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ISSUE 5 - January 2009





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String Theory (page 04)
John H. Schwarz

String theory proposes that the fundamental constituents of the Universe are one-dimensional "strings" rather than point-like particles. What we perceive as particles are actually vibrations in loops of string, each with its own characteristic frequency.

String theory originated as an attempt to describe the interactions of particles such as protons. It has since developed into something much more ambitious: an approach to the construction of a complete unified theory of all fundamental particles and forces.

Previous attempts to unify physics have had trouble incorporating gravity with the other forces. String theory not only embraces gravity but requires it. String theory also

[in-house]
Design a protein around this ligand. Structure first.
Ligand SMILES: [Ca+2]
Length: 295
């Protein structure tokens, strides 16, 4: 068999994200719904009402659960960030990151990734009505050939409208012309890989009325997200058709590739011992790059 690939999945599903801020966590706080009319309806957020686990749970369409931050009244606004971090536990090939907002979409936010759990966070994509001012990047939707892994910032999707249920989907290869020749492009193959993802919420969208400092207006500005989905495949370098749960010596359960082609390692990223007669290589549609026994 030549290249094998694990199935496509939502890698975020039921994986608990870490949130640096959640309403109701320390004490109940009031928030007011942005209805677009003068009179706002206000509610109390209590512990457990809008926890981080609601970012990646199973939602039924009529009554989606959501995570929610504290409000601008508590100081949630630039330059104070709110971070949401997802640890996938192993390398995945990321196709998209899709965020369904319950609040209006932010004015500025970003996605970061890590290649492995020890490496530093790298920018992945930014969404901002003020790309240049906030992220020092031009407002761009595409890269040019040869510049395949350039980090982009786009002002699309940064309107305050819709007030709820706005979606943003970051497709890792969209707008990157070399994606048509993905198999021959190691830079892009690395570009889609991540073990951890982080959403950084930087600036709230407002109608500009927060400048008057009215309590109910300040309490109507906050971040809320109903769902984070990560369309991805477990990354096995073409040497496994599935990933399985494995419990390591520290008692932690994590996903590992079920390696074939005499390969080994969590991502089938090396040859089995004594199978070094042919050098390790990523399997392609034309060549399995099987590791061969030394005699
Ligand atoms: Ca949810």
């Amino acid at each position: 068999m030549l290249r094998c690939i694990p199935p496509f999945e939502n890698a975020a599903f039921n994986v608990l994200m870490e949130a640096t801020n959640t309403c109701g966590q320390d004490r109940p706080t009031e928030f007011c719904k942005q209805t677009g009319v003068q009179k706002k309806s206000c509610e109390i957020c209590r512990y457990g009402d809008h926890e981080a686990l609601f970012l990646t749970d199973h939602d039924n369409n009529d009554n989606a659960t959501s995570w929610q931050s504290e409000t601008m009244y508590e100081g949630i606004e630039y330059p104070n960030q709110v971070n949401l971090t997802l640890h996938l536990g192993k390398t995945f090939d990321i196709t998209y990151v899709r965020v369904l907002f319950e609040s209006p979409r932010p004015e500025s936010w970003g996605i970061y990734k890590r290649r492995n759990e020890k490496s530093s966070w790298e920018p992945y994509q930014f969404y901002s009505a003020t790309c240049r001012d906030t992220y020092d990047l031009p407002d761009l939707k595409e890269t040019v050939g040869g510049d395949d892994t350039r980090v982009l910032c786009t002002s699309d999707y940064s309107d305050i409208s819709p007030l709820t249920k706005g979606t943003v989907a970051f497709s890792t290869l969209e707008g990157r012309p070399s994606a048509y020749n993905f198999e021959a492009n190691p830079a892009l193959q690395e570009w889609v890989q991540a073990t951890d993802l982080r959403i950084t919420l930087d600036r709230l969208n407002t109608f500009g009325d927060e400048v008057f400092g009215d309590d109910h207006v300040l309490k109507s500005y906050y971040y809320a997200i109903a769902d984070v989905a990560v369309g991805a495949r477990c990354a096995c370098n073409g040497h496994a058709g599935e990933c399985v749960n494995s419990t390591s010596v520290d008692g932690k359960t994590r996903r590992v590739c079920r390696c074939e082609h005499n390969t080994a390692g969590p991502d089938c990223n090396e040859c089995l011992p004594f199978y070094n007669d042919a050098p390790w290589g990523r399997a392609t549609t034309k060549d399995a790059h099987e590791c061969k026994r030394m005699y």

String Theoryrequires six or seven extra dimensions of space, and it contains ways of relating large extra dimensions to small ones. The study of string theory has also led to the concept of supersymmetry, which would double the number of elementary particles.

Practitioners are optimistic that string theory will eventually make predictions that can be experimentally tested. String theory has already had a big impact on pure mathematics,
cosmology (the study of the Universe), and the way particle physicists interpret experiments, by suggesting new approaches and possibilities to explore.